CRC 1245
Atomic Nuclei: From Fundamental Interactions to Structure and Stars

Introduction

Nuclear structure theory has evolved into a field with a systematic theoretical foundation, with nuclear forces based on QCD and advanced methods to solve the nuclear many-body problem with controlled uncertainties. Effective field theories (EFT), first proposed in the pioneering work by Steven Weinberg, have played a guiding role in this process, as they reduce the complexity of the underlying QCD theory to the relevant degrees of freedom in a systematic way. While this was first demonstrated for light nuclei, we have shown in the first funding period that this approach can be successfully extended to medium-mass and heavy nuclei. Research performed in this direction has the ultimate goal to understand the nuclear chart from first principles. Since the properties of nuclei, their existence, excitations and decays are all encoded in the nuclear chart, it represents the boundary condition for the complete evolution of known matter from the Big Bang to today.

The CRC builds on the exciting connections between the experimental and theoretical nuclear structure frontiers based on EFTs of the strong interaction. At low energies, chiral EFT offers a systematic basis for nuclear forces, built on the symmetries of QCD, with controlled expansions of the interactions in powers of the inverse chiral-symmetry breaking scale. This is shown in the left panel of Fig. 1, where the second column represents nucleon-nucleon interactions at different orders. The interaction between the nucleons (solid lines) is medi- ated by the exchange of pions (dashed lines), the Goldstone bosons of QCD, which are responsible for the long-range part of strong interactions. Three-nucleon (3N) forces, which emerge naturally in EFTs, enter at next-to-next-to-leading order (N2LO). Moreover, EFTs lead to a hierarchy among many-body interactions, with 4N forces at next-to-next-to-next-to-leading order (N3LO). Combining EFTs with powerful many-body methods is opening up a systematic path to investigate nuclear forces and their impact on nuclei and nuclear matter. The CRC has pioneered calculations including all 3N forces up to N3LO and ab initio advances up to 100 Sn (see Fig. 1). We have also taken a lead in exploring EFT and many-body uncertainties in ab initio calculations, which has become a major effort in the field.

Figure 1: Left panel: Nuclei in the nuclear chart, with the CRC highlight calculation of 100 Sn marked with a star. The blue squares represent all known nuclei, with stable nuclei in darker blue. More than half of the nuclear chart is unknown1. Right panel: Chiral EFT for nuclear forces, where the different contributions at successive orders are shown diagrammatically. Nucleons and pions are represented by solid and dashed lines, respectively. Many-body forces are highlighted in orange including the year they were derived. In the first funding period, we achieved the first ab initio calculations of nuclei including all 3N forces up to N3LO.
Figure 1: Left panel: Nuclei in the nuclear chart, with the CRC highlight calculation of 100 Sn marked with a star. The blue squares represent all known nuclei [1], with stable nuclei in darker blue. More than half of the nuclear chart is unknown1. Right panel: Chiral EFT for nuclear forces, where the different contributions at successive orders are shown diagrammatically. Nucleons and pions are represented by solid and dashed lines, respectively. Many-body forces are highlighted in orange including the year they were derived. In the first funding period, we achieved the first ab initio calculations of nuclei including all 3N forces up to N3LO.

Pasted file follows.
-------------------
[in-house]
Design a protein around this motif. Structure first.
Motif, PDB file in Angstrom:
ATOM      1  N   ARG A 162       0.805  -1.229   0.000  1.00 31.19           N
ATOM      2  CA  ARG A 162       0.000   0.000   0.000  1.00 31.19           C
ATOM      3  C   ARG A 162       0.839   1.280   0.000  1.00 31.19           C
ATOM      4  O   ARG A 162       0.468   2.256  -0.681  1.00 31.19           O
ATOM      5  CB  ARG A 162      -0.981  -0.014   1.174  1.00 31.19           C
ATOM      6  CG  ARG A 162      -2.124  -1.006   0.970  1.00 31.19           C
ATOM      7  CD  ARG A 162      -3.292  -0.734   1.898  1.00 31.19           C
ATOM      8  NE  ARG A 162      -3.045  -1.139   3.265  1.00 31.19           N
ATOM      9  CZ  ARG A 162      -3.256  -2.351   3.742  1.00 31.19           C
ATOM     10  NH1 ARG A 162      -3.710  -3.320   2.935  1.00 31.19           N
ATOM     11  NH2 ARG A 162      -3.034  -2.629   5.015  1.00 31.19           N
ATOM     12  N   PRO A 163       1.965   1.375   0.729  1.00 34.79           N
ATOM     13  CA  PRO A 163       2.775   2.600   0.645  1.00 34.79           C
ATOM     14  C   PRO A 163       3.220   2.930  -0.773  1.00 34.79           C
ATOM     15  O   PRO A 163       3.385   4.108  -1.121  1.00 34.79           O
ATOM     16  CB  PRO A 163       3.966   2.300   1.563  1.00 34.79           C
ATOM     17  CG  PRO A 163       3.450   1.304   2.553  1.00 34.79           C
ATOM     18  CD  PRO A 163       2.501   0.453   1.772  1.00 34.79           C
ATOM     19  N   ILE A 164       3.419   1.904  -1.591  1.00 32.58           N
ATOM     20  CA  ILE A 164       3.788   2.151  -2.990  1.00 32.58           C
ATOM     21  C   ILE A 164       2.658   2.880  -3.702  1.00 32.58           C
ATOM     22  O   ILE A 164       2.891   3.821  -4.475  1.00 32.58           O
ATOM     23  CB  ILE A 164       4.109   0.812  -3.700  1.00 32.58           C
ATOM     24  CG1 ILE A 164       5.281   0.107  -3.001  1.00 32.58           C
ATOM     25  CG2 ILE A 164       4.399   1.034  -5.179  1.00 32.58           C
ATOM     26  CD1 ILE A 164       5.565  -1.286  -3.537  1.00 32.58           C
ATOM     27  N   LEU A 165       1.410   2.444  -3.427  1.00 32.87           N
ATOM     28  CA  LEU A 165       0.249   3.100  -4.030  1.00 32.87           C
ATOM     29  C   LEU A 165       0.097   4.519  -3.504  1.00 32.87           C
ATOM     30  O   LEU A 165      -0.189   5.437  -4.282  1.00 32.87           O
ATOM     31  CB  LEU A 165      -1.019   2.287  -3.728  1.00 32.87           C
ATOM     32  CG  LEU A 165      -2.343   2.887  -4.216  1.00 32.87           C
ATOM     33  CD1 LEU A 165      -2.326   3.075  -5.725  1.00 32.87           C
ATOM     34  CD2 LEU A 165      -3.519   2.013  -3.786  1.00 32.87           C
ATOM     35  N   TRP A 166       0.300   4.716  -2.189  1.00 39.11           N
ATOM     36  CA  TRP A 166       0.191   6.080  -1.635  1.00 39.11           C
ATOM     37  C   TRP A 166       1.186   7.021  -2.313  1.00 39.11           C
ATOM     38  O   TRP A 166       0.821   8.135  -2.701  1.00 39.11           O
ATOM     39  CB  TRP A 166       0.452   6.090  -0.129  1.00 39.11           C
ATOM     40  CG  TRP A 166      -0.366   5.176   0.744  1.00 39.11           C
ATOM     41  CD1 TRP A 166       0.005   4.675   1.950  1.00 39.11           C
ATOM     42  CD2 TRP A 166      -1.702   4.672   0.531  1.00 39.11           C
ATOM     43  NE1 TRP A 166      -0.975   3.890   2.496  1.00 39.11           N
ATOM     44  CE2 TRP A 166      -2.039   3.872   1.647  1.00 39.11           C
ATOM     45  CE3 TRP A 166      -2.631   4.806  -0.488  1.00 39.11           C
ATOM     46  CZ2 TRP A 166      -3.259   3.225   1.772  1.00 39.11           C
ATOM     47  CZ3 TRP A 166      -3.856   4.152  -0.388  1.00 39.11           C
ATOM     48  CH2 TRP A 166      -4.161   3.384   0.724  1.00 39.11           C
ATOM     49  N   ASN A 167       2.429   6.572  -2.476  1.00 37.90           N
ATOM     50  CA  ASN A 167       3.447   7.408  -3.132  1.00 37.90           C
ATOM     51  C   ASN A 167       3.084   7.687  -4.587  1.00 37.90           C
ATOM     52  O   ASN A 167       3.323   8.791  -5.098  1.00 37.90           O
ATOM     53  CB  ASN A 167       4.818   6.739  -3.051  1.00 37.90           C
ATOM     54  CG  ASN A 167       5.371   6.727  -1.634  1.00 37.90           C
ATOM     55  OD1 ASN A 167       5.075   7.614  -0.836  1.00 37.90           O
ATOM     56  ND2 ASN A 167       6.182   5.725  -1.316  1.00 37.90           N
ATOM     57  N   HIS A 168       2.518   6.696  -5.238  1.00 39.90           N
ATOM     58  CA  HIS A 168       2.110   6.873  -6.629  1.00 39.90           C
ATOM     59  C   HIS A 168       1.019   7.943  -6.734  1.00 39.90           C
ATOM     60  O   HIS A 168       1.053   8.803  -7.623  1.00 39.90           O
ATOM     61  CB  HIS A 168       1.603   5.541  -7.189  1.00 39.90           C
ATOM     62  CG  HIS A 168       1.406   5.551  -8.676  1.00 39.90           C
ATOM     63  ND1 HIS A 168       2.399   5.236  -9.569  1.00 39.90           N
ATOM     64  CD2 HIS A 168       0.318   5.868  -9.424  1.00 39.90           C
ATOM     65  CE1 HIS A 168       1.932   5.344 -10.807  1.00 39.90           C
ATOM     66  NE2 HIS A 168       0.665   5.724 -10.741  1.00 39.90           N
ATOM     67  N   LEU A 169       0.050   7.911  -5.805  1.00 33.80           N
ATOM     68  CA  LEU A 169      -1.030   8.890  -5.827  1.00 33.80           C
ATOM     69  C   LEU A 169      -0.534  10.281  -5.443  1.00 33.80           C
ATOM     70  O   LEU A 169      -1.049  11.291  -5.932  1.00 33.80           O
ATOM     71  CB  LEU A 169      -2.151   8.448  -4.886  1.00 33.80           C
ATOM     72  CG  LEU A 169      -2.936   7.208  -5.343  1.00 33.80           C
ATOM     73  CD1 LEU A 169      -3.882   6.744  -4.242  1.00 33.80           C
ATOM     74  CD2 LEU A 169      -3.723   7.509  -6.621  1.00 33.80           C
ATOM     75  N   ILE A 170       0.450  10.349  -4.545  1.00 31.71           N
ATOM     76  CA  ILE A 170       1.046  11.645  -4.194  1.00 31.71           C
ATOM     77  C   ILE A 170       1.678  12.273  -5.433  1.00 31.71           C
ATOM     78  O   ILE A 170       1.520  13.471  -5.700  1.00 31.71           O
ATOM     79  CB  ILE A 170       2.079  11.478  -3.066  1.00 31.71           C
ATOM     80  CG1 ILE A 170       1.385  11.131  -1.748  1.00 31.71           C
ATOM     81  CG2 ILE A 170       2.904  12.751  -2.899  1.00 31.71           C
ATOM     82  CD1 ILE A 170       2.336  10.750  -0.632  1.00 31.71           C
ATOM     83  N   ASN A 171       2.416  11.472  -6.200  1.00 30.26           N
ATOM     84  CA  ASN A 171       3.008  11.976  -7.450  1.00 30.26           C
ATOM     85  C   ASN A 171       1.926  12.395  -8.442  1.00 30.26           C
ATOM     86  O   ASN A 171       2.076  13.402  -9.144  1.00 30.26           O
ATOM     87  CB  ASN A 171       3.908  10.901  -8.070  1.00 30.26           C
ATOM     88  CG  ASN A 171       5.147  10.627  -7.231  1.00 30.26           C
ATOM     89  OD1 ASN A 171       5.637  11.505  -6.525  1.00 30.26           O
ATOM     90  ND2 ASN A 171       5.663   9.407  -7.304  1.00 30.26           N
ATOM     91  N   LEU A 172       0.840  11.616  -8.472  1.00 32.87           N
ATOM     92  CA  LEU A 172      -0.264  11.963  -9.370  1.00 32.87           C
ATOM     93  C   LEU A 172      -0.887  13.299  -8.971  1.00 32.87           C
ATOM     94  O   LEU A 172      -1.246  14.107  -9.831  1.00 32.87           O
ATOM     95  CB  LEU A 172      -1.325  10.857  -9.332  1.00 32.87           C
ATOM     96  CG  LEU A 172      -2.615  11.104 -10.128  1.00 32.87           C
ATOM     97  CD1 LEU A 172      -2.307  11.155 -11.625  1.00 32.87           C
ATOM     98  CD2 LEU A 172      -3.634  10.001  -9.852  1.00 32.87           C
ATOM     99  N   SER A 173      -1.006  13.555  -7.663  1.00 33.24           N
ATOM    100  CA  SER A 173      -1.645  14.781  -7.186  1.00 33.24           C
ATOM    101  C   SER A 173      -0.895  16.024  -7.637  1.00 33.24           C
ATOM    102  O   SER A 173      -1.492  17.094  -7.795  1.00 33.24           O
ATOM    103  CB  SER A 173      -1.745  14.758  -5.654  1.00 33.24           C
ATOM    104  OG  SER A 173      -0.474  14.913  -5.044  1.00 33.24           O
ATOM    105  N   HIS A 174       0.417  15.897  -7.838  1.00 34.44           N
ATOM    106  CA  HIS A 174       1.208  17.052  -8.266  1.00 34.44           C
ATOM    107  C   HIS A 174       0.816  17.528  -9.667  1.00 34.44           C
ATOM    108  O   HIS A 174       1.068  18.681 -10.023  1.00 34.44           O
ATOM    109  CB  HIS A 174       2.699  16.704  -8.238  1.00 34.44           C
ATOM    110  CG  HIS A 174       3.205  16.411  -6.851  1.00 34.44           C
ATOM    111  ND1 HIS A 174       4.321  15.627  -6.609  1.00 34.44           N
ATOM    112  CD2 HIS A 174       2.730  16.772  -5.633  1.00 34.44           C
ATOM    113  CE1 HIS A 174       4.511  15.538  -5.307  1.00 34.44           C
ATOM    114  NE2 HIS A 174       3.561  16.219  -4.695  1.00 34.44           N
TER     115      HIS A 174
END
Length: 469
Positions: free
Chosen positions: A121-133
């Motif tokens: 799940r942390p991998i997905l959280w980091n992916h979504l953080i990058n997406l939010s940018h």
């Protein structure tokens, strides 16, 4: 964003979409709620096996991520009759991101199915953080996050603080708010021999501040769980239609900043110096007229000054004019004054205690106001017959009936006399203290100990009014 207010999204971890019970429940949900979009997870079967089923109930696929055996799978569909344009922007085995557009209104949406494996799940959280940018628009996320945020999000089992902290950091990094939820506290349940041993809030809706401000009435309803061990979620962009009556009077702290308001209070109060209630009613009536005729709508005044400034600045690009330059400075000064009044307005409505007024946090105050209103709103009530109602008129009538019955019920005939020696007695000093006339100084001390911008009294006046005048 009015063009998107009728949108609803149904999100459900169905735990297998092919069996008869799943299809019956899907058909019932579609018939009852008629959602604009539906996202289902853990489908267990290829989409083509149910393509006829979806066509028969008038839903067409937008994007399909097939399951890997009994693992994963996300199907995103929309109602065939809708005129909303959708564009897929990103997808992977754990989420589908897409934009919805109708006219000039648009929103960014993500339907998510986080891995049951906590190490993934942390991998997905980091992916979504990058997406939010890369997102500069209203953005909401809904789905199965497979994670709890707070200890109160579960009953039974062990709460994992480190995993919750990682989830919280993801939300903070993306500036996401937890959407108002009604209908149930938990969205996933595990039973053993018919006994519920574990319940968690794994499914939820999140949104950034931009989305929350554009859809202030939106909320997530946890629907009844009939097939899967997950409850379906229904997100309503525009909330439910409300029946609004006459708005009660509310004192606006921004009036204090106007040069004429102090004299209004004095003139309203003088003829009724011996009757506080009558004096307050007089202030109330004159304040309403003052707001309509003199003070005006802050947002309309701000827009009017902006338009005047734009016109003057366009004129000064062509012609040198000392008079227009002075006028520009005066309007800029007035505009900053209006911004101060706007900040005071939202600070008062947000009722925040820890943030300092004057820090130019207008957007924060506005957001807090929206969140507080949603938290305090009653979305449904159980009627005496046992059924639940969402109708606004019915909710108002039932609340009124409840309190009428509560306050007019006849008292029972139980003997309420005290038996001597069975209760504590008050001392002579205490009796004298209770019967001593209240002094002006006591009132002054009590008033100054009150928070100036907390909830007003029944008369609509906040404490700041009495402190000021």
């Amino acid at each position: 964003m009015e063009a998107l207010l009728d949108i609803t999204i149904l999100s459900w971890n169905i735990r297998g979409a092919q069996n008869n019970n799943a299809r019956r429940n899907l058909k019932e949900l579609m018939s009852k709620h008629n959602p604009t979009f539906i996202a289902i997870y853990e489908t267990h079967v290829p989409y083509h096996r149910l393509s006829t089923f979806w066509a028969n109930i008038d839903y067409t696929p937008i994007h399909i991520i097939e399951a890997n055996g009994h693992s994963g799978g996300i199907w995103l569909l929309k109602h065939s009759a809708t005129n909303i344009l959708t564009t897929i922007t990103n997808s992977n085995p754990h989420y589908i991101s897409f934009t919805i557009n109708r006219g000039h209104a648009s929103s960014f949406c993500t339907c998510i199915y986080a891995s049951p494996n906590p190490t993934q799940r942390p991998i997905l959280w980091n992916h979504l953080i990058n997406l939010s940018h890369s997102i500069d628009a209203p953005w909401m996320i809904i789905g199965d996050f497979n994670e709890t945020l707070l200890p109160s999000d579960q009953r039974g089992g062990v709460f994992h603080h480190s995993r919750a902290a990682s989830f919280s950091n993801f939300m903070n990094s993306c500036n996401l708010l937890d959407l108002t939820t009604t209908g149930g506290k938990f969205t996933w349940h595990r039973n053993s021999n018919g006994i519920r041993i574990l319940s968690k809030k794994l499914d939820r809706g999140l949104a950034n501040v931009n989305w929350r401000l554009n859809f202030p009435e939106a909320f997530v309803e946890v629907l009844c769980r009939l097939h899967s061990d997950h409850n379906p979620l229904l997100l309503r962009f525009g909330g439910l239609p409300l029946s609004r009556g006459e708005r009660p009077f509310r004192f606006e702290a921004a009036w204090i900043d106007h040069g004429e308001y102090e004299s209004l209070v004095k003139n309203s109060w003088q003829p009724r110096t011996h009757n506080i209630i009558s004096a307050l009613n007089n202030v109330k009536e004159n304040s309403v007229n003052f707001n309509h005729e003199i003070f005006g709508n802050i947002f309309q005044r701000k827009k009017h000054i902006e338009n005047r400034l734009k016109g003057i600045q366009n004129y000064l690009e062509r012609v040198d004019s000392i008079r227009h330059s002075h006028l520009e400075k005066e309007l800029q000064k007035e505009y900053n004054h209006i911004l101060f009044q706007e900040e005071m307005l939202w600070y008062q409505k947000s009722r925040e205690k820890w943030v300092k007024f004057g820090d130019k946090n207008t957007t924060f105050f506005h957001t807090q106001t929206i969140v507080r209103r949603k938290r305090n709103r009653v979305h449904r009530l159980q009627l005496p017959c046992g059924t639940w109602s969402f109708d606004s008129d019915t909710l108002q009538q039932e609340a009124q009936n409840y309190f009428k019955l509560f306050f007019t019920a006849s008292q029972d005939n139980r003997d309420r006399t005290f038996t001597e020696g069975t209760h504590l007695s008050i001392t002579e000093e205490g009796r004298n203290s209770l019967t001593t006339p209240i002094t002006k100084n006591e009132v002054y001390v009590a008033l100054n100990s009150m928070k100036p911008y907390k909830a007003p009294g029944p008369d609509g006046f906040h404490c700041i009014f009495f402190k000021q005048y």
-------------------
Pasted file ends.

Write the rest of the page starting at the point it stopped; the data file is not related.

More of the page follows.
In strongly interacting systems three-body forces are especially important and have been the target of recent theoretical and experimental work. They also play a key role in universal properties of halo nuclei, which are explored in Halo EFT, and their connection to the Efimov effect in ultracold atoms. Three-nucleon forces are a frontier in the physics of nuclei, for shell structure and the evolution to the limits, the drip lines. Exotic nuclei become increasingly sensitive to 3N forces and other subtle components of nuclear forces, so that experiments with rare-isotope beams in this CRC provide unique insights into strong interactions. Calculations based on chiral EFT interactions also provide systematic constraints for the properties of nuclear matter in neutron stars, supernovae, and mergers. The physics of nuclear forces therefore connects nuclear structure physics with nuclear astrophysics. The exploration of next generation nuclear forces is particularly exciting, because all N3LO many-body forces are predicted with many new structures. They are only now being applied beyond the lightest nuclei and must still pass experimental precision tests. These developments come in time with the establishment of major rare isotope beam facilities like the Facility for Antiproton and Ion Research (FAIR) in Darmstadt and other new facilities and upgrades worldwide, including the Radioactive Ion Beam Facility (RIBF) at RIKEN in Japan, the Facility for Rare Isotope Beams (FRIB) in the US, the ARIEL facility at TRIUMF in Canada, and the HIE-ISOLDE upgrade at CERN, which will give great access to the unexplored regions of the nuclear chart. New initiatives in the second funding period will include all-optical charge radius measurements of light elements, precision studies of few-neutron correlations in nuclear reactions, and exploring shell structure towards the neutron drip line by extending the reach of gamma spectroscopy.